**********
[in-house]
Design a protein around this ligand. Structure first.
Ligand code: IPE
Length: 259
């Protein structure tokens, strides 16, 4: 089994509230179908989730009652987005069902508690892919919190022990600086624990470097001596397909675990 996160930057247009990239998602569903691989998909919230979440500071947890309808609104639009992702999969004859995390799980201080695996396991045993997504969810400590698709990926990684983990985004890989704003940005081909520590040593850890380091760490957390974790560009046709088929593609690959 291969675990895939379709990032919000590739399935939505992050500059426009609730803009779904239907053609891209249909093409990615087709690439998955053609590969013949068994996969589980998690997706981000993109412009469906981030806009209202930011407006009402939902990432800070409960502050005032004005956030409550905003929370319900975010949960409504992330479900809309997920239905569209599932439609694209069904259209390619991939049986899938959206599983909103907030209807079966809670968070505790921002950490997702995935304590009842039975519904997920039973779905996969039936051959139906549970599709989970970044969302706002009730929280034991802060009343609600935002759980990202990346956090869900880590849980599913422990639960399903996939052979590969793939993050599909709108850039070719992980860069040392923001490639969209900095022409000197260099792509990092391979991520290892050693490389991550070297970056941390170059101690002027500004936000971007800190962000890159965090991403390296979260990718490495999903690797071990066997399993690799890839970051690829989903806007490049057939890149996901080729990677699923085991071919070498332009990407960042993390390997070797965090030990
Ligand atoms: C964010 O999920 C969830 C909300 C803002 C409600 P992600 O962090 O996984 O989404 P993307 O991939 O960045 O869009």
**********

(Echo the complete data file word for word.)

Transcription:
[in-house]
Design a protein around this ligand. Structure first.
Ligand code: IPE
Length: 259
């Protein structure tokens, strides 16, 4: 089994509230179908989730009652987005069902508690892919919190022990600086624990470097001596397909675990 996160930057247009990239998602569903691989998909919230979440500071947890309808609104639009992702999969004859995390799980201080695996396991045993997504969810400590698709990926990684983990985004890989704003940005081909520590040593850890380091760490957390974790560009046709088929593609690959 291969675990895939379709990032919000590739399935939505992050500059426009609730803009779904239907053609891209249909093409990615087709690439998955053609590969013949068994996969589980998690997706981000993109412009469906981030806009209202930011407006009402939902990432800070409960502050005032004005956030409550905003929370319900975010949960409504992330479900809309997920239905569209599932439609694209069904259209390619991939049986899938959206599983909103907030209807079966809670968070505790921002950490997702995935304590009842039975519904997920039973779905996969039936051959139906549970599709989970970044969302706002009730929280034991802060009343609600935002759980990202990346956090869900880590849980599913422990639960399903996939052979590969793939993050599909709108850039070719992980860069040392923001490639969209900095022409000197260099792509990092391979991520290892050693490389991550070297970056941390170059101690002027500004936000971007800190962000890159965090991403390296979260990718490495999903690797071990066997399993690799890839970051690829989903806007490049057939890149996901080729990677699923085991071919070498332009990407960042993390390997070797965090030990
Ligand atoms: C964010 O999920 C969830 C909300 C803002 C409600 P992600 O962090 O996984 O989404 P993307 O991939 O960045 O869009």